We’re now headed to bed, waiting for a better day of fun on this incredible area of the Alaska Range!
Regards RMI Guide Elias and the Alpine Climbing Team.
Tell Hugh his mom says be careful
Posted by: Peggy on 6/9/2018 at 1:17 pm
The Alaska Range draws hundreds of climbers every year. Guarded by Foraker, a seldom climbed 17K ft peak, and by Mt. Hunter, the most difficult 14er in North America, Denali, “The Big One”, is without a doubt (and for well-deserved reasons,) the main climbing goal of intrepid mountaineers from all over the globe. Dozens of other smaller, but no less beautiful peaks, are overseen by most of those whose dreams of the altitude are set on reaching the roof of the North America continent. Right at the start of their journey, across from the landing at the South East Fork of the Kahiltna Glacier, lies Mount Frances, a satellite at the very terminus of Denali’s South Buttress.
This year, climber Brian Phillips, came with his mind set on Alpine Climbing in the Range; a good plan to tackle fun, full body climbing involving the implementation of the techniques practiced over the year of ice, snow and rock climbing. With our current conditions and weather forecast last week, we decided to put our eyes on the South West Ridge of Frances. An objective that can be done in a long full day of climbing. After all, we had one week to climb (another of the beautiful things of Alpine Climbing in Alaska, is that one doesn’t need to plan for an entire month, and 7-10 days allow for a great deal of fun!!!)
Upon landing on the glacier, we started our decked-out camp. When you know you’re constructing your home for a full week, it better be good! Beyond fortified walls around our flattened tent platforms, making a decent kitchen, with snow benches to sit, eat and socialize on is key. A good two hours of digging, and our crafted living space was ready to be enjoyed. We didn’t get too comfortable that very first night, as the forecast, unlike what the predictions said, was too good to let go, and after early bed, we woke ready for action.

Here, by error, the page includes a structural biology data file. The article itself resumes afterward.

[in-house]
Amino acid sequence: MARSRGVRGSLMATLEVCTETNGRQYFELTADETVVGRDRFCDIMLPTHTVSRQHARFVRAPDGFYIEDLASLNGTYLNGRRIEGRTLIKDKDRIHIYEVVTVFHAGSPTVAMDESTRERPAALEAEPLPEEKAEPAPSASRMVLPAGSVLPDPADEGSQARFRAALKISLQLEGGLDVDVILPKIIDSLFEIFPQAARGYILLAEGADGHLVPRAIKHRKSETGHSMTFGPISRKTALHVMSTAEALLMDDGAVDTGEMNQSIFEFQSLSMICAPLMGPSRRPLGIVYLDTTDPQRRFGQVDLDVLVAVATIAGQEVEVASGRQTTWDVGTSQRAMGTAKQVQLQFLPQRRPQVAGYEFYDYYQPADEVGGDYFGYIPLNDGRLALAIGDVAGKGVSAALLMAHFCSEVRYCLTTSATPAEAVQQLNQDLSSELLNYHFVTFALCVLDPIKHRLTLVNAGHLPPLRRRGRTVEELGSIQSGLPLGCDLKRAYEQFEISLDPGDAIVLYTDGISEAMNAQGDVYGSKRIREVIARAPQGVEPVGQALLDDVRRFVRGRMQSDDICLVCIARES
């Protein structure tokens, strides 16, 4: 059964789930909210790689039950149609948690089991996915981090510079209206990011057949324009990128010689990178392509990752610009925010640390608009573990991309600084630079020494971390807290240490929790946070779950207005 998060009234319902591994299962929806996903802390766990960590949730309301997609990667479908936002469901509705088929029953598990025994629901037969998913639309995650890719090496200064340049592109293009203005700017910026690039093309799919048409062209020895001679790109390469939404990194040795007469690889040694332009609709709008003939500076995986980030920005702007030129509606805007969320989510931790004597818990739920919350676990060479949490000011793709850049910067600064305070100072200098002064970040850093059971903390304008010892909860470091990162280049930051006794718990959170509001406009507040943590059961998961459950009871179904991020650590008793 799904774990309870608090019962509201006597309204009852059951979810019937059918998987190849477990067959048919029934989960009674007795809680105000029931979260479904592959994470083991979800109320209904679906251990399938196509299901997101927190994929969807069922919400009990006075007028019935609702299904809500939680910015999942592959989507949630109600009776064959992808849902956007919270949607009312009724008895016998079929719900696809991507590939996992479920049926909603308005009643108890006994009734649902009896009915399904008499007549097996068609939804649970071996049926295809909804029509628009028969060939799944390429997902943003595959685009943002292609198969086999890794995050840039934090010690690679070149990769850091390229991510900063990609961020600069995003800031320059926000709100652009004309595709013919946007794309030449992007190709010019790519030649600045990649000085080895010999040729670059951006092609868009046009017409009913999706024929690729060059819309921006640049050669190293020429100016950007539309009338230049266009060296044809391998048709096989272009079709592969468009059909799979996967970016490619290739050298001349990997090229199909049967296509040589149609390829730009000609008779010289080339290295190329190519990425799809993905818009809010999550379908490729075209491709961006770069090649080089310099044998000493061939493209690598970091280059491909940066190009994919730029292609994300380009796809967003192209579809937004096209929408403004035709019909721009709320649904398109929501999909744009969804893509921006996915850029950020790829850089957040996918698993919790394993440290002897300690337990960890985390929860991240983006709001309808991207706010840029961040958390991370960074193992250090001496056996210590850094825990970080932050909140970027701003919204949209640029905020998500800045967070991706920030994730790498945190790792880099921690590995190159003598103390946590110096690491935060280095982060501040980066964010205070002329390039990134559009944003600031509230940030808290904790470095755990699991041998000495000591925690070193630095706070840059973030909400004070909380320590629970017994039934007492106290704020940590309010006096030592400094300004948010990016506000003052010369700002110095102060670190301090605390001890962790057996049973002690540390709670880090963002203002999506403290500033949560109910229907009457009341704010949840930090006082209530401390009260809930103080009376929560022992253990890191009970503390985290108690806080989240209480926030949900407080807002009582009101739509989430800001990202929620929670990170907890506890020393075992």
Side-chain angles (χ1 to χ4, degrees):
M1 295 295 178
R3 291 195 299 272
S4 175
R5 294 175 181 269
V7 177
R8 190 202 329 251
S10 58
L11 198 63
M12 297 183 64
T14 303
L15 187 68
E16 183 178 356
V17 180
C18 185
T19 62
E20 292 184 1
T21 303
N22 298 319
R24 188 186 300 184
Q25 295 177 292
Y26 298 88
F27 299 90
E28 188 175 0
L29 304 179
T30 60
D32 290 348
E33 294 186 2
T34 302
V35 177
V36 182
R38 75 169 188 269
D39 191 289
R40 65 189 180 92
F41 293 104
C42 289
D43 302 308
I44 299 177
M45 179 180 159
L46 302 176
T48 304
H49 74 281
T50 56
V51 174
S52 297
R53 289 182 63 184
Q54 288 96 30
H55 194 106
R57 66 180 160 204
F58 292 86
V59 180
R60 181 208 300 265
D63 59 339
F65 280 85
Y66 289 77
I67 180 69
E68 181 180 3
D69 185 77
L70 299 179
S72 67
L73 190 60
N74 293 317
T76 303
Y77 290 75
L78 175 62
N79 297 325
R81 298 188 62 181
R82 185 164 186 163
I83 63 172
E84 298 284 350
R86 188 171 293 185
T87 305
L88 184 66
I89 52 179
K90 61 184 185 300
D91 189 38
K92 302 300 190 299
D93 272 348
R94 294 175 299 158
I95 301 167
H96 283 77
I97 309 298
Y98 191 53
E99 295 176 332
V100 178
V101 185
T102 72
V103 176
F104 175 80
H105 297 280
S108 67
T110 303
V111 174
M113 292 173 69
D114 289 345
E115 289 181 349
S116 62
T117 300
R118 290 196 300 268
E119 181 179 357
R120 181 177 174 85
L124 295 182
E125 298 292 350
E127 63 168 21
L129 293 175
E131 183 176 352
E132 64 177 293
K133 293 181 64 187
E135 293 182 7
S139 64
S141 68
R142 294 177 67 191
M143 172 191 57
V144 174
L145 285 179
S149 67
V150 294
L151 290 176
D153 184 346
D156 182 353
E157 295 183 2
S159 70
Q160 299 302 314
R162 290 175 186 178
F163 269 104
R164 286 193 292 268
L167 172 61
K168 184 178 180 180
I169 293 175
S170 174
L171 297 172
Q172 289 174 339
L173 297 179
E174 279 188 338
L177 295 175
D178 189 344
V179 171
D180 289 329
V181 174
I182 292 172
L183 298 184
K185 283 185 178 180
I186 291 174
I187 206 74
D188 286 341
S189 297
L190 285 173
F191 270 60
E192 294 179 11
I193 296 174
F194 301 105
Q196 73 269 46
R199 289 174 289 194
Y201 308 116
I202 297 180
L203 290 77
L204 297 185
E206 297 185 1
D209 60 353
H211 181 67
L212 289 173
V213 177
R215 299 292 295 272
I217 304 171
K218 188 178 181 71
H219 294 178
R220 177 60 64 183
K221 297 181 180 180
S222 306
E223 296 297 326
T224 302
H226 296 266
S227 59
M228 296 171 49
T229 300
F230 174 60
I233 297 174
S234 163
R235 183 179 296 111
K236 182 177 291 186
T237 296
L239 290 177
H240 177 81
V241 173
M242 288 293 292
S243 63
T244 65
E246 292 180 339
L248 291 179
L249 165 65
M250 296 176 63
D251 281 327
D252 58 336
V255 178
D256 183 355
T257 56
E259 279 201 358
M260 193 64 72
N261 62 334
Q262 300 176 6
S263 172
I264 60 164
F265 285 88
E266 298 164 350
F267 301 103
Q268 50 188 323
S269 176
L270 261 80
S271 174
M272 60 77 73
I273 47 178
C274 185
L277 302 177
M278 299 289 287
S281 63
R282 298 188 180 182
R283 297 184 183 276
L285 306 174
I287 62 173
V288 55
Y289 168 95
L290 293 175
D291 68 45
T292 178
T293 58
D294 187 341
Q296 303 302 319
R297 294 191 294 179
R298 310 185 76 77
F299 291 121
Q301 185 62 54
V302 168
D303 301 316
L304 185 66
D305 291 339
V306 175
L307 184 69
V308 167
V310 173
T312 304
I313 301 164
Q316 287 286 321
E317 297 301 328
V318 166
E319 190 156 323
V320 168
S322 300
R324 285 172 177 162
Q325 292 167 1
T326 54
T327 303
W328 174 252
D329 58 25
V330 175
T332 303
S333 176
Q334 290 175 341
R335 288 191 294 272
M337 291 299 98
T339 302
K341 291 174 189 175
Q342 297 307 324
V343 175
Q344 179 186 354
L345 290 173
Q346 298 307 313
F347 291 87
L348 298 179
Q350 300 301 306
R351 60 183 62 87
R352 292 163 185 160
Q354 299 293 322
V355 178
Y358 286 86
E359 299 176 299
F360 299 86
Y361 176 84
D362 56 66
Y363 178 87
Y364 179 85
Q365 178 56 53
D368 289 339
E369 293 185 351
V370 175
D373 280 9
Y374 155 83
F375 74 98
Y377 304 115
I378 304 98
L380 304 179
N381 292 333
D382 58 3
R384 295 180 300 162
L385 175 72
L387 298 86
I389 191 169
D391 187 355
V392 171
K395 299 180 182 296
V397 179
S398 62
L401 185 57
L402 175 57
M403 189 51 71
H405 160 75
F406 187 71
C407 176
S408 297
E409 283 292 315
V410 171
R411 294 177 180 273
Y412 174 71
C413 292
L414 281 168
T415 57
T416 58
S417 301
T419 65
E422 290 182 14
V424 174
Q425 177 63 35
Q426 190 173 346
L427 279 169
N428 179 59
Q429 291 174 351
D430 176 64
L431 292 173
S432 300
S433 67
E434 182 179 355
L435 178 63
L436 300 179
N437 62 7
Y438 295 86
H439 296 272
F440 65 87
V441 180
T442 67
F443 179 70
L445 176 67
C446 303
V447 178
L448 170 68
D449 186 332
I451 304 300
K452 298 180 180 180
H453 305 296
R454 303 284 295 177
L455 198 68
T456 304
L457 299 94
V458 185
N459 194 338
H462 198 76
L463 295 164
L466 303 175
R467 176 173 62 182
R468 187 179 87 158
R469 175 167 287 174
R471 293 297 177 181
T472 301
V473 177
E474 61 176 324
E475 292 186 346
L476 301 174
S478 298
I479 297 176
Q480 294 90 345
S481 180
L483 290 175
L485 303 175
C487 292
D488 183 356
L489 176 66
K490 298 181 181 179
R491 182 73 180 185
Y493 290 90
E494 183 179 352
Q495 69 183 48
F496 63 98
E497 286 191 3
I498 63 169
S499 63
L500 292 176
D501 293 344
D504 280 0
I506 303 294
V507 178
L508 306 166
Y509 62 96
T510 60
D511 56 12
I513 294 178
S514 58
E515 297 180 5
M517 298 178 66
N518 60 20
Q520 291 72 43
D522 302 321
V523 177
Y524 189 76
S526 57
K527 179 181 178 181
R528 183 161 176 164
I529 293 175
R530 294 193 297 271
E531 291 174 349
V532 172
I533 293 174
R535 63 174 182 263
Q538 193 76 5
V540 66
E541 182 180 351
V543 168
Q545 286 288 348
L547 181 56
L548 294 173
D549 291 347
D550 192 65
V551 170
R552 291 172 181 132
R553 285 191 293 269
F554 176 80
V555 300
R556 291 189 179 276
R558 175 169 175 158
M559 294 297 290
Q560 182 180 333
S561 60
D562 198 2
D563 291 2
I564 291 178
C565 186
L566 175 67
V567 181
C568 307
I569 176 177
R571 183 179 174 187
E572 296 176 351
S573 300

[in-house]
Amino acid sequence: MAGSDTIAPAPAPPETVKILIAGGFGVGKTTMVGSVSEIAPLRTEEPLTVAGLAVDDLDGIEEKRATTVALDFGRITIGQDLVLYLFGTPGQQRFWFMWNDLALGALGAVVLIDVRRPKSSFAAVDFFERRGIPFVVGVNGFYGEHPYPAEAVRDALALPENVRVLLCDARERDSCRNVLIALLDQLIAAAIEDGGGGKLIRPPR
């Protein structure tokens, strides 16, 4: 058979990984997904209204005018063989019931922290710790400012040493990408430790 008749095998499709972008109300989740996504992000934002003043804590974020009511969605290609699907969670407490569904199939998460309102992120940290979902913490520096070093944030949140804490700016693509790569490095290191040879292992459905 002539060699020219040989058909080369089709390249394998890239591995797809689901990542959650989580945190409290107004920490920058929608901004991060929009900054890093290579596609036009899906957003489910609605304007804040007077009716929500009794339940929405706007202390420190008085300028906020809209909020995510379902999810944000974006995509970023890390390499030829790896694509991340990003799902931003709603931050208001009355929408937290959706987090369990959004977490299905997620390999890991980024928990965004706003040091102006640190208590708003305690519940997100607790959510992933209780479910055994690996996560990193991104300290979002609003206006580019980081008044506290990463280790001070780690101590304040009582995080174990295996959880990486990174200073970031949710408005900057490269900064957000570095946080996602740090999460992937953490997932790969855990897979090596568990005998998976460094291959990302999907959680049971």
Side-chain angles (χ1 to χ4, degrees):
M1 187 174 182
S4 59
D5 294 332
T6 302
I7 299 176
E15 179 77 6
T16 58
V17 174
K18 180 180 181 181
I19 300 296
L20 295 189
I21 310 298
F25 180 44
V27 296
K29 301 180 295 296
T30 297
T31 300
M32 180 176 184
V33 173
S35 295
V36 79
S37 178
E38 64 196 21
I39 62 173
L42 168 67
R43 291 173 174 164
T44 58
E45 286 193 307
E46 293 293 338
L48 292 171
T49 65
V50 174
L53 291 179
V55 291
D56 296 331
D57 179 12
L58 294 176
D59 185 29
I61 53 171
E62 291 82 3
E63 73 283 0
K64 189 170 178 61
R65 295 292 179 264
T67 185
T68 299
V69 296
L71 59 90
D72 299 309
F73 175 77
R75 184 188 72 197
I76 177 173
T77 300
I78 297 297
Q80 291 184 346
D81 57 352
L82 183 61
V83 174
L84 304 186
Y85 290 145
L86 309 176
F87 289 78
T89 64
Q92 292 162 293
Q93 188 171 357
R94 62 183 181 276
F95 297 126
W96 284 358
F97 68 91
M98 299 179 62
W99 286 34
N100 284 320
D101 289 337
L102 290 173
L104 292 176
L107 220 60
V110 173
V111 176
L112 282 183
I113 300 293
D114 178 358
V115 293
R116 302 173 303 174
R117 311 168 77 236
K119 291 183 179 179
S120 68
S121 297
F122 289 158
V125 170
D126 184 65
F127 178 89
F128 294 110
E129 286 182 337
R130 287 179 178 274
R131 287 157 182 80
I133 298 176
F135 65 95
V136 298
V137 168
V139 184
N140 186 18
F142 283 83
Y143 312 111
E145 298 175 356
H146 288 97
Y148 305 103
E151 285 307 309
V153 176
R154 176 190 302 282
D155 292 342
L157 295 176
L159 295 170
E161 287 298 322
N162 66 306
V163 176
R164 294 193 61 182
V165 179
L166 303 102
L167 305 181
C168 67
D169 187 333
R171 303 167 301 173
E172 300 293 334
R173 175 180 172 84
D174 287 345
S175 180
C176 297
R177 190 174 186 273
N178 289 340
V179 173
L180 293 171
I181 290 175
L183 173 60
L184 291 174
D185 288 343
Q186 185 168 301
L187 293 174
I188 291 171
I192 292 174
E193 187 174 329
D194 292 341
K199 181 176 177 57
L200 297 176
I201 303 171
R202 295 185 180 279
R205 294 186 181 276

The SW Ridge of Frances is a moderate route that involves steep snow climbing, only separated by pitches of fine, moderate rock climbing. While none of the steps are very difficult, it is very sustained, and for hours on end you are always “game on” mode. An early start granted frozen snow to move on on the lower part of the mountain, which made us gain progress fast. Soon enough we’d be climbing rocks, and without realizing, the alternation of both terrains, was the constant for the day. Plotting along, the early evening would come, and high on the route, we could keep an eye at the Denali Base Camp, and the many climbers that eventually circumnavigated us, at ground level, totally unaware other human beings were up there. We tackled the last rock pitches as the sun wanted to dip behind the horizon, but in the “Land of Midnight Sun” it never would. We continued the progress now towards the summit, on the frozen ridge that connects the false one to the true one, tip toeing around cornices, a couple crevasses and long ice cliffs beneath us. It was dinner time when we got to the top, and even though we knew that descending the East Ridge was a mere two hours back to the comfort of our Base Camp, we stuck to the plan of bivouac on top. How special could it be to see the alpenglow of both sunset and sunrise over Hunter, Foraker and Denali? It was almost cloudless, and we had carried a small bivi tent, sleeping bags and a stove anyways. So we stayed. Tired but accomplished and cold but warm inside, the night blended with the day, and sooner than we noticed, the bright sun was again over us and now, time to head back down before the snow softened further. The East Ridge, our descent route, had been climbed several times the previous week, even a ski descent, so with a good track, we were back at our camp in a mere two hours. We had gone up and down, in style, fully climbing up a peak and we were proud of it! Alpine Climbing in Alaska at its best.
May 12, 2018
The Four Day Summit Climb led by RMI Guides Elias deAndres Martos and Andy Bond reached the summit of Mt. Rainier early this morning. Elias reported clear skies with 40 mph winds, so their stay on the top was brief. The team has started their descent and are en route to Camp Muir.
Congratulations to today’s team!
Congratulations!!! Can’t wait for my turn next week!!
Posted by: natalie french on 5/14/2018 at 4:02 am
Congratulations on your ascent. Best wishes for your return.
Posted by: Adams Wofford on 5/13/2018 at 5:36 am
And we flew out!
We got in a day early, and flew out a day early too, as to secure our exit off the glacier with the great weather we had: the runway at the Root Canal Glacier is no major airport where to secure a flight under the action of the elements.
The trip ran very smoothly, and we’re happy to have tackled this ultra classic line, “Ham and Eggs” up the Moose’s Tooth, which is without a doubt, a haunting peak in the Alaska Range.
Vanessa and Taylor trained the necessary technical skills not only to overcome the difficulties of the route, but to shine for the hours on end that climbing 3,000ft of steep ice, snow and mixed terrain entails in the remoteness of this environment. Now the team has parted ways, and we feel proud and accomplished.
Regards from Anchorage!